Practice Doesn't Always Make Perfect, Study Suggests

With chess players, other variables -- like memory, high IQ -- might separate the good from the great

SATURDAY, Oct. 29 (HealthDay News) -- Practice is an essential part of gaining excellence in a specific skill, but to become truly great other qualities must come into play, such as IQ or working memory, according to researchers who studied how practice affects the success of chess players.

For the study, published in the October issue of Current Directions in Psychological Science, the researchers also considered earlier research and noted that practicing harder or longer doesn't compensate for the lack of other important traits relevant to a certain activity.

The study authors pointed out that there is a theory that people will do better in areas such as sports, music and chess if they practice more.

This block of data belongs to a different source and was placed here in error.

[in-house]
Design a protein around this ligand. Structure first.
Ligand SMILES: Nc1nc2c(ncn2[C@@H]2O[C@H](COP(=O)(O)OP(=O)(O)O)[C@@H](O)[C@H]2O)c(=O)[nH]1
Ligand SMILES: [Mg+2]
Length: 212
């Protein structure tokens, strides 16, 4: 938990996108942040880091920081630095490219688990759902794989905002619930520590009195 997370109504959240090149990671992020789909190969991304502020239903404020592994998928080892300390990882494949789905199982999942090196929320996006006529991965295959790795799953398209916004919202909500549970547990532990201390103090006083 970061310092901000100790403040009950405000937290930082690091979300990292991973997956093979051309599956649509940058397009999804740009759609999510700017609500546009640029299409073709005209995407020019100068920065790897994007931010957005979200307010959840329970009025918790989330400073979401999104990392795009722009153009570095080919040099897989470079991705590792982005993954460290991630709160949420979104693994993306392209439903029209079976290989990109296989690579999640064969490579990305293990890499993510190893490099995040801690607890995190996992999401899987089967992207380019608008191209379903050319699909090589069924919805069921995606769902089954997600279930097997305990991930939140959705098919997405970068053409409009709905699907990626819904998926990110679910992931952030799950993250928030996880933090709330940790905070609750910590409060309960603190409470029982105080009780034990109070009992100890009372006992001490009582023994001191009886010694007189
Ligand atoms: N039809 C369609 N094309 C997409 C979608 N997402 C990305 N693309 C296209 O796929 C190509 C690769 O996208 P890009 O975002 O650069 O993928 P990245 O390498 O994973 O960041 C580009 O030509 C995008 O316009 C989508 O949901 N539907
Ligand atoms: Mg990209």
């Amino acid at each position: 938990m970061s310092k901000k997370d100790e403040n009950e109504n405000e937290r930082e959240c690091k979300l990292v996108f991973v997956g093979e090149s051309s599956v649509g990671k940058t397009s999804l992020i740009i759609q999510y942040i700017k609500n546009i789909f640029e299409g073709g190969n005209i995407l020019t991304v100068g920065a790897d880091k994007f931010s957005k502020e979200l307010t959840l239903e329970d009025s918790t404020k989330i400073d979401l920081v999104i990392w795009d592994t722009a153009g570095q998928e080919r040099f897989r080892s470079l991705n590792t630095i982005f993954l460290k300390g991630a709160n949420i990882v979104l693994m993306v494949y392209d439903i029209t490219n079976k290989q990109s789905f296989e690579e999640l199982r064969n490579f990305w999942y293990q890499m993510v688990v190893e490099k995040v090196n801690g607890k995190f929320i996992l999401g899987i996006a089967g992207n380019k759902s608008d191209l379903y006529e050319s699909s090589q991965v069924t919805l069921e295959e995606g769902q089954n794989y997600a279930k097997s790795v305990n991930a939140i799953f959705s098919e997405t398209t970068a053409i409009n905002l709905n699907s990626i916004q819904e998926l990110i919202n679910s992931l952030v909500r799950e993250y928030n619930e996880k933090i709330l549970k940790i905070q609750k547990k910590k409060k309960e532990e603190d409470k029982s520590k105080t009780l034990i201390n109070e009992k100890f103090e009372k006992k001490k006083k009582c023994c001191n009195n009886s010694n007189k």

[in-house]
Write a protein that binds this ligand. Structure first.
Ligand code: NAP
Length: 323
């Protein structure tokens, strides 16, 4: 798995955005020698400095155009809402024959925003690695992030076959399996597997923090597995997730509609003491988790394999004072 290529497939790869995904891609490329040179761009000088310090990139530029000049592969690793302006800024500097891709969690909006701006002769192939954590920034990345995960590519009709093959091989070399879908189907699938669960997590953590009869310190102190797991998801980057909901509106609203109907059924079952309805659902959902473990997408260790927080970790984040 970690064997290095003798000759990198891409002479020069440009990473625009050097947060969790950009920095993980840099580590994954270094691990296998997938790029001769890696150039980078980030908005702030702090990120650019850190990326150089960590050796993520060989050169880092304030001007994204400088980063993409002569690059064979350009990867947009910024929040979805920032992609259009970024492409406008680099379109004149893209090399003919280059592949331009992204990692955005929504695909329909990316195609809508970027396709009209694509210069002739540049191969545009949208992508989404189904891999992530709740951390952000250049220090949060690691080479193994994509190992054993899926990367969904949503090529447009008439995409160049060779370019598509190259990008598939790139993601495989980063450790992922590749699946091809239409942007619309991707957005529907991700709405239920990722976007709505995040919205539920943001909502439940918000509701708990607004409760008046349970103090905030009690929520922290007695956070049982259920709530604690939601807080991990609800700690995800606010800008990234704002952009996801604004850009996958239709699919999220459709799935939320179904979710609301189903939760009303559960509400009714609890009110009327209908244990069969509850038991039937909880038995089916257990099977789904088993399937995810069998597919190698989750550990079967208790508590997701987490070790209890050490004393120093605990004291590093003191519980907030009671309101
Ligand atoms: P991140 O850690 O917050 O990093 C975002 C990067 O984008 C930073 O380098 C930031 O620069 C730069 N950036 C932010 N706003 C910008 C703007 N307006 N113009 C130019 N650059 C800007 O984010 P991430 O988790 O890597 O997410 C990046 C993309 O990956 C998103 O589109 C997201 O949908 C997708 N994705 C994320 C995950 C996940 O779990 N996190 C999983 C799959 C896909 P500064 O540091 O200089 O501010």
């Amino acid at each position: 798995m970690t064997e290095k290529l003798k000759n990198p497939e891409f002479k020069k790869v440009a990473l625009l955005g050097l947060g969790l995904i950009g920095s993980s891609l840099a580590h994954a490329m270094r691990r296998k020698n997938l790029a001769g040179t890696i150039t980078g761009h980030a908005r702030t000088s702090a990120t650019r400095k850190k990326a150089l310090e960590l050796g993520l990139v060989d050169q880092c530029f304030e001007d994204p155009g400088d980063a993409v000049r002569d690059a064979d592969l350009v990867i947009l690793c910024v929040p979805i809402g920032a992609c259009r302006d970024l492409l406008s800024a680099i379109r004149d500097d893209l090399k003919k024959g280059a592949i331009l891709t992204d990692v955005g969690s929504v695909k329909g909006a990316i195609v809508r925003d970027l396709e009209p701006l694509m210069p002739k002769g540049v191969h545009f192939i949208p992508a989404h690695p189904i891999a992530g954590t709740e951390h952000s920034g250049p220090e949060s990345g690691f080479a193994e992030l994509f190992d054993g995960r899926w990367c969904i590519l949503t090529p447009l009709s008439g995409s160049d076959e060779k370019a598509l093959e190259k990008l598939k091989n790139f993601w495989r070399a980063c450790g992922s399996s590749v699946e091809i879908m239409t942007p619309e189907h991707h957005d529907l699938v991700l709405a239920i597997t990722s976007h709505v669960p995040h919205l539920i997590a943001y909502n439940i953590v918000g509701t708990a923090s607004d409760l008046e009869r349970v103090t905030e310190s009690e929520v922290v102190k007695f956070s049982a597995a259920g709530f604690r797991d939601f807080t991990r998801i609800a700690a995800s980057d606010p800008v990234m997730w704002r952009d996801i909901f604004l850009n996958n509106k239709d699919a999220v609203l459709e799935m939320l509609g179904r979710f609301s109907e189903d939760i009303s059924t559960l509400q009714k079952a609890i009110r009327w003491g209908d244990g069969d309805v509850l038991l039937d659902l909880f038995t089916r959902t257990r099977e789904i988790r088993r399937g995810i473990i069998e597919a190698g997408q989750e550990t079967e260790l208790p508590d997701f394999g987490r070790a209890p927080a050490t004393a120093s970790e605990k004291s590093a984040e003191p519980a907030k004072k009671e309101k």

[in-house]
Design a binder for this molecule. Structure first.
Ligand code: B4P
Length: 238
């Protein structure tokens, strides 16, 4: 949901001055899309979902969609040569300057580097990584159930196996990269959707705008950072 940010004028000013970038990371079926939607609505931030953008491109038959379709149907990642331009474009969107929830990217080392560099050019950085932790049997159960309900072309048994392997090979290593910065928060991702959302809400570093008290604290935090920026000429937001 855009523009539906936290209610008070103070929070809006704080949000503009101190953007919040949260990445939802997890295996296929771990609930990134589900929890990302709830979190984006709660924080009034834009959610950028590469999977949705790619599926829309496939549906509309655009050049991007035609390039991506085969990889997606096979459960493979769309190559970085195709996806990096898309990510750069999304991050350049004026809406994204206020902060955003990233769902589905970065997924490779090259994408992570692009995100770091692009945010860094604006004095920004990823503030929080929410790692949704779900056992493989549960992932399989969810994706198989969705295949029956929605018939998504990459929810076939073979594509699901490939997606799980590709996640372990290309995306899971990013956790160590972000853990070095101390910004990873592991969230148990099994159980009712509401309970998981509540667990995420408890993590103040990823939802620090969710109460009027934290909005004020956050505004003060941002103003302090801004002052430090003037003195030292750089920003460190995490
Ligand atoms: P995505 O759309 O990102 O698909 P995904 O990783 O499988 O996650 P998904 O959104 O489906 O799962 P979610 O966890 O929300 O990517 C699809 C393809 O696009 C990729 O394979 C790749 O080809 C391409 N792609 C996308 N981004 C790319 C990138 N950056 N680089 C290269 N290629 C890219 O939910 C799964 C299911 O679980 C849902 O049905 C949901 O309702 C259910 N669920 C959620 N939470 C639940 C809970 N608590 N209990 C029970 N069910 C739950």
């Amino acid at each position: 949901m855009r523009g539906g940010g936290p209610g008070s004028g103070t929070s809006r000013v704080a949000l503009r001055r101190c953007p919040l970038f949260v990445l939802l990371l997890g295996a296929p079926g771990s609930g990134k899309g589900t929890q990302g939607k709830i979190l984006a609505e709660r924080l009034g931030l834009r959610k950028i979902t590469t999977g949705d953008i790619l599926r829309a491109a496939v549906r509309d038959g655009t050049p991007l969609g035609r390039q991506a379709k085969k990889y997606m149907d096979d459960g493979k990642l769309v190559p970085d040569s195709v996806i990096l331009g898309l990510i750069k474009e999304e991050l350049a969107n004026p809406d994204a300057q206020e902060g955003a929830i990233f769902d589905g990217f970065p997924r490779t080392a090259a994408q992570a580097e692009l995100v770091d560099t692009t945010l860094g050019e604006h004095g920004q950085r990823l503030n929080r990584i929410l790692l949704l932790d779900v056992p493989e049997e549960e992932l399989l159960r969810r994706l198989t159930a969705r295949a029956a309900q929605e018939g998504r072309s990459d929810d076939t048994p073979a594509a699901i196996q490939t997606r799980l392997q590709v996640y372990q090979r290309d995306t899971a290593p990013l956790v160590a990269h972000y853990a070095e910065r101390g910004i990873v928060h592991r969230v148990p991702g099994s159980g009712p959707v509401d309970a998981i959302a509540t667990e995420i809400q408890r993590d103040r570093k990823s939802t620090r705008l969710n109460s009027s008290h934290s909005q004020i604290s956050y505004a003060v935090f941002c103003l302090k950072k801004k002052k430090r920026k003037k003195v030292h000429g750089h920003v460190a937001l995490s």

"But the thing is, of the people that achieved the master level, there are people that achieved it in 3,000 hours. Other people did, like, 30,000 hours and achieved the same level. And there are even people that practiced more than 30,000 hours and didn't achieve this," Guillermo Campitelli, a researcher at Edith Cowan University in Joondalup, Australia, said in a news release from the Association for Psychological Science.

In reviewing previous research on how practice affects musicians, Campitelli and his colleague noted that musicians who are better at sight-reading have better working memory, or the ability to keep relevant pieces of information active in their minds.

When it comes to chess, however, the qualities that help some players become the best have not yet been identified, although the researchers suggested that the top chess players may have a higher IQ than the general population.

The investigators also found that 82 percent of adult chess players are right-handed, compared with 90 percent of the general population. They suggested this could signal a discrepancy in brain development that enhances spatial skills in some people, allowing them to excel at chess.

More information

The U.S. National Institute of Neurological Disorders and Stroke has more about how the brain works.

Mary Elizabeth Dallas SOURCE: Association for Psychological Science, news release, Oct. 24, 2011

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